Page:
and poor survival in
breast cancer patients.

Nature Reviews Cancer 5:342-54, 2005
 ErbB-receptor ectodomain structures

 ErbB2/3 heterodimers are activated
 Through binding of NRG to ErbB3

 Herceptin derivatives bind to ErbB2
 Preventing heterodimerization.

 How do over-expressing ErbB2 cancer
 Cells excape from herceptin?
•Co-ordinate activation of other RTKs
(IGF1R, EGFR, Met)
•Compensatory downstream pathways
Become constitutively activated
(PI3K/Akt-induced survival)
•Loss of suppressor functions (PTEN)
      Nature Reviews Cancer 5:342-54, 2005
c-Src is recruited to adherens junctions
           and focal adhesions

   Adherens junction                     Focal adhesions
                                                    ECM

                                                  


                        Catenins
    Cytoskeletal                          PTPB       FAK
     Proteins                                            Cytoskeletal
                                  PTPB           c-S rc
                   c-S rc                                    Proteins
                            FAK
Src kinase in normal and malignant
        breast development

•Required for normal ductal morphogenesis.

•Shows increased activation in most human breast
carcinomas.

•Required, but not sufficient, in mammary
tumourigenesis in transgenic mice.
Activated Src induces disruption of cadherin junctions

                                          Aggregation



                     c-Src inhibition




      Weak                                    YES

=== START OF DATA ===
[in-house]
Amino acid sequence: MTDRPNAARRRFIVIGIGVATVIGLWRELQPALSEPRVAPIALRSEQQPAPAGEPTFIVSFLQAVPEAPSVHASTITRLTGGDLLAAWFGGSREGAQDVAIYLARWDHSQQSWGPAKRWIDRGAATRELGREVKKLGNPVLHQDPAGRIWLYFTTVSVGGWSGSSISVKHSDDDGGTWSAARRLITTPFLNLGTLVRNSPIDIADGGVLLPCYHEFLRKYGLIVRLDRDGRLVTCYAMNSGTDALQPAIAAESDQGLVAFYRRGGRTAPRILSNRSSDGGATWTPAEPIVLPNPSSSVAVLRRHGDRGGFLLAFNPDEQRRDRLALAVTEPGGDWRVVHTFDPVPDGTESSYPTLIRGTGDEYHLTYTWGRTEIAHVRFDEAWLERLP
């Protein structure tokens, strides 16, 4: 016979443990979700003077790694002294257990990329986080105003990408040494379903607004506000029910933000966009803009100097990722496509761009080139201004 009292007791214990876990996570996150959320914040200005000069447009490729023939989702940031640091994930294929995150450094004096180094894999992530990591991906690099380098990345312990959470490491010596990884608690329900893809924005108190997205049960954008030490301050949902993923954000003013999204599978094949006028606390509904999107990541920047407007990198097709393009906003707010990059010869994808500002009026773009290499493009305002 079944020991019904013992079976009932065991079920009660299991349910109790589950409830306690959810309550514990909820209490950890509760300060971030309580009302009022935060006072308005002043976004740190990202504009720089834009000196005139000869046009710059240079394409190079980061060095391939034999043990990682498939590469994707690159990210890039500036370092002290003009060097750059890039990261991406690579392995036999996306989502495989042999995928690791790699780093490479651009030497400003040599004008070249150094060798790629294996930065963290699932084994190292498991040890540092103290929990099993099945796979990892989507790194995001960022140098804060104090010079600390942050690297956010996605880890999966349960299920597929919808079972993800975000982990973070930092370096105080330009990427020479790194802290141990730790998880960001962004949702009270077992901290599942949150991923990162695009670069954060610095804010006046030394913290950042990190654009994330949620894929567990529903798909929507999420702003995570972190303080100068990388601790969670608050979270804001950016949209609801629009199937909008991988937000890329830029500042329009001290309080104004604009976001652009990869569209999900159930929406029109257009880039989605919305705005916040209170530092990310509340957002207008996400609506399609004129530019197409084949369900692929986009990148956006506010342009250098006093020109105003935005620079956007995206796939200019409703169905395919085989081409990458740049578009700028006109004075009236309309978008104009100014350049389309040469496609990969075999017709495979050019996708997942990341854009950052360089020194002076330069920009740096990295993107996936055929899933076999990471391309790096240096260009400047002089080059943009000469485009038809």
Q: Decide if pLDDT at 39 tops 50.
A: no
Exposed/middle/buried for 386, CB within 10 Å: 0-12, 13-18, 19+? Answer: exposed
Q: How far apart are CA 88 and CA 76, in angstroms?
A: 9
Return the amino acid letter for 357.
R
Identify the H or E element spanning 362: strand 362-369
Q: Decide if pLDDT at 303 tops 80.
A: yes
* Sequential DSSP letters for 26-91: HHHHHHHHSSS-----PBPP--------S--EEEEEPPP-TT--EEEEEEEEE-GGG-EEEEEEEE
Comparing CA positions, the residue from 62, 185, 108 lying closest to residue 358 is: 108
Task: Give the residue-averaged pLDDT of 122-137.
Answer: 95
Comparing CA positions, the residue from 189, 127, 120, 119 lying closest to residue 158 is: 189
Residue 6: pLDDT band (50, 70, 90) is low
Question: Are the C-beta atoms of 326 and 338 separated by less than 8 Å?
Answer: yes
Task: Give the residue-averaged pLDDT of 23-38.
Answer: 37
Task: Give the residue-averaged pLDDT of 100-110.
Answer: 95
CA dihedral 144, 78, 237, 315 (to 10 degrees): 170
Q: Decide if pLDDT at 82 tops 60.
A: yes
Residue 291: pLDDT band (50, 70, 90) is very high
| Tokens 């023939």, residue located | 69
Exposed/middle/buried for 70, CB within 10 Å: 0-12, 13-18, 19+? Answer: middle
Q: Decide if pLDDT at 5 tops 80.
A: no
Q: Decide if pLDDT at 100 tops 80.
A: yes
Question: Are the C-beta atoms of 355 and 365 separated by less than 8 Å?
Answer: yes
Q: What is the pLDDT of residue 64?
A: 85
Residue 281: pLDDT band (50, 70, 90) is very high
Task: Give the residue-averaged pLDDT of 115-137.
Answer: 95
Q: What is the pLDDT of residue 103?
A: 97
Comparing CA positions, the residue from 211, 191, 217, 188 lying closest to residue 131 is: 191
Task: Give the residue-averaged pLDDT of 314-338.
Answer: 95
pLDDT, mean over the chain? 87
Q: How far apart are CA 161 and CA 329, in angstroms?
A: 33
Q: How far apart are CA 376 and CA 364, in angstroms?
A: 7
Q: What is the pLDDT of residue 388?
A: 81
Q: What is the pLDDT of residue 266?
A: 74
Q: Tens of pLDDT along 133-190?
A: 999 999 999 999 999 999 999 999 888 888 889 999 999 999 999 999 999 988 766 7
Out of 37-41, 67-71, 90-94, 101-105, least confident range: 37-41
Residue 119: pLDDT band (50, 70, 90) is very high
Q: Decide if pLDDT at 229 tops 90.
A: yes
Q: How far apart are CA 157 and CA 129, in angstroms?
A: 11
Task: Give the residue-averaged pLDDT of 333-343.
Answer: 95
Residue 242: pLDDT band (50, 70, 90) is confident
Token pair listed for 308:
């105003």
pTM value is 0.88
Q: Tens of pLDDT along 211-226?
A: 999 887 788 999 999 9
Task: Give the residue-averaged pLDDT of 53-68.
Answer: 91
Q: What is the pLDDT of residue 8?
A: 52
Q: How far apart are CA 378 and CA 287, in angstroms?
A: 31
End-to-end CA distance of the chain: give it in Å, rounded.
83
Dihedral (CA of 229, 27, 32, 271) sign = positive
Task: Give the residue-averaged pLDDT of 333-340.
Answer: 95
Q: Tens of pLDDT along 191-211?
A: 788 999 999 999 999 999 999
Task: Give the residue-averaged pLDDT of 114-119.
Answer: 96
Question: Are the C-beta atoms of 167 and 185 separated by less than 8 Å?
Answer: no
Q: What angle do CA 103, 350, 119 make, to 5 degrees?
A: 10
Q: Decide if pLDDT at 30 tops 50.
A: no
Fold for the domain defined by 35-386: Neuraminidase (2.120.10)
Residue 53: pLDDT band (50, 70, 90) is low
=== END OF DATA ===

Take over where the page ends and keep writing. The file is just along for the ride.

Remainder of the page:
Yes            Ca++ dependency          No
      Yes               SCATTER               No
       Regulation of cadherin-based
      adherens junctions by Src kinase

1) Activated Src binds to the cadherin complex.

2) Src causes phosphorylation of -catenin, causing its
   dissociation from the cadherin complex and
   endocytosis of the cadherins.

3) Src-induced de-regulation of E-cadherin requires
   integrin signalling.

Frame et al. Nat Rev Cancer 5:505-15, 2005. & Cells Tissues Organs. 179:73-80, 2005.
New concept: Cross talk between growth factor and integrin-
 based cell adhesion signalling is linked to invasive cancer



•Focal adhesion kinase (FAK)
is a substrate of Src.

•Src and FAK link growth factor
 receptors and integrin adhesion
molecules.

•Interaction between growth
factor receptors and integrins
causes increased cell survival
and invasion of carcinomas.

   (Frame et al. Nat Rev Cancer. 5:505-15, 2005.
The metastatic cascade
Nature Reviews Cancer 4, 448-456 (2004
EMT is a reversible process that occurs at distinct
           stages of tumor progression




             (Thiery, Nature Cancer Rev. 2, 442-454, 2002)
Intravasation/extravasation model
        Examples of metastasis genes

             Enhancers                Suppressors
  Tumor cell         Stromal cell      Tumor cell

   HGF/Met           Proteinases      E-cadherin
    Her2/neu        ECM proteins    TIMPs (inhibits
 Akt2 (survival,    (Osteopontin)      proteases)
    invasion)                       Csk (blocks Src)
   N-cadherin                        TGF- (blocks
(cross talks with                    Proliferation)
     RTKs)
             Metastasis issues

1) A 1 cm dia. tumor sheds 2.5 x 106 per day into
blood.
2) Only 0.01% of tumor cells in blood will
metastasize.
3) The majority of tumor cells that arrest in target
organs are dormant or will die.
4) Tumor cells arrest by mechanical restruiction in
target organs: integrin adhesion does not play a role
until after extravasation.
4) BUT, engagement of integrins are required for
outgrowth of metastatic foci (Mercurio)
Tumor Dormancy




Chambers et al. Nature Rev. Cancer 2:563, 2002.
Why are the new wonder drugs having only
minimal effects in treating human cancer?




                  Leaf, C. Fortune 149: 76-82, 84-6, 88 , 2004.
What can we do to improve treatment outcomes?

•Develop preventive measures (life styles, screening for
susceptibility)

•Understand the early stages of cancer and identify early
diagnostic markers.
(gene expression and signalling networks)

•Develop better prognostic indicators (detect the invisible high
risk group).

•Develop better predictive markers (tailor treatments to individual
cancers)
•Develop means of controlling the disease.
       Is it worth while to target tumor dormancy to prevent
metastasis?